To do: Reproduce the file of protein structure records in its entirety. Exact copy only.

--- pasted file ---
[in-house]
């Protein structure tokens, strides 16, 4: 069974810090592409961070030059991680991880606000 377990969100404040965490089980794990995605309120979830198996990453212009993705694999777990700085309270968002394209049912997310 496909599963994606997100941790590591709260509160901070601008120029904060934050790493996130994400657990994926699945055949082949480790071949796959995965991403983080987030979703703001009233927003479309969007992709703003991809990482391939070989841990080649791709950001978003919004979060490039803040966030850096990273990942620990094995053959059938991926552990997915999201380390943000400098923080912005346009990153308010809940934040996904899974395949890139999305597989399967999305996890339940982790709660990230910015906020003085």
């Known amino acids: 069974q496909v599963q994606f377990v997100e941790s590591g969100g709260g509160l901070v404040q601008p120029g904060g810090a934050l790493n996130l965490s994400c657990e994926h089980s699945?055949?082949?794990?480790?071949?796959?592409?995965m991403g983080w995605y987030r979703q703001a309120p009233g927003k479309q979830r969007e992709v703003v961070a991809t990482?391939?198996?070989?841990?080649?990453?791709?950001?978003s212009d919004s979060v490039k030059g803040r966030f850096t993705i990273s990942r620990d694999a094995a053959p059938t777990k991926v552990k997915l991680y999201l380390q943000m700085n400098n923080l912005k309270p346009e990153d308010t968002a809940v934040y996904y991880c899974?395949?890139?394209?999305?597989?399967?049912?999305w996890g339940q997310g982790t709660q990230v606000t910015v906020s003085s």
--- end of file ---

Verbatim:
[in-house]
């Protein structure tokens, strides 16, 4: 069974810090592409961070030059991680991880606000 377990969100404040965490089980794990995605309120979830198996990453212009993705694999777990700085309270968002394209049912997310 496909599963994606997100941790590591709260509160901070601008120029904060934050790493996130994400657990994926699945055949082949480790071949796959995965991403983080987030979703703001009233927003479309969007992709703003991809990482391939070989841990080649791709950001978003919004979060490039803040966030850096990273990942620990094995053959059938991926552990997915999201380390943000400098923080912005346009990153308010809940934040996904899974395949890139999305597989399967999305996890339940982790709660990230910015906020003085």
């Known amino acids: 069974q496909v599963q994606f377990v997100e941790s590591g969100g709260g509160l901070v404040q601008p120029g904060g810090a934050l790493n996130l965490s994400c657990e994926h089980s699945?055949?082949?794990?480790?071949?796959?592409?995965m991403g983080w995605y987030r979703q703001a309120p009233g927003k479309q979830r969007e992709v703003v961070a991809t990482?391939?198996?070989?841990?080649?990453?791709?950001?978003s212009d919004s979060v490039k030059g803040r966030f850096t993705i990273s990942r620990d694999a094995a053959p059938t777990k991926v552990k997915l991680y999201l380390q943000m700085n400098n923080l912005k309270p346009e990153d308010t968002a809940v934040y996904y991880c899974?395949?890139?394209?999305?597989?399967?049912?999305w996890g339940q997310g982790t709660q990230v606000t910015v906020s003085s």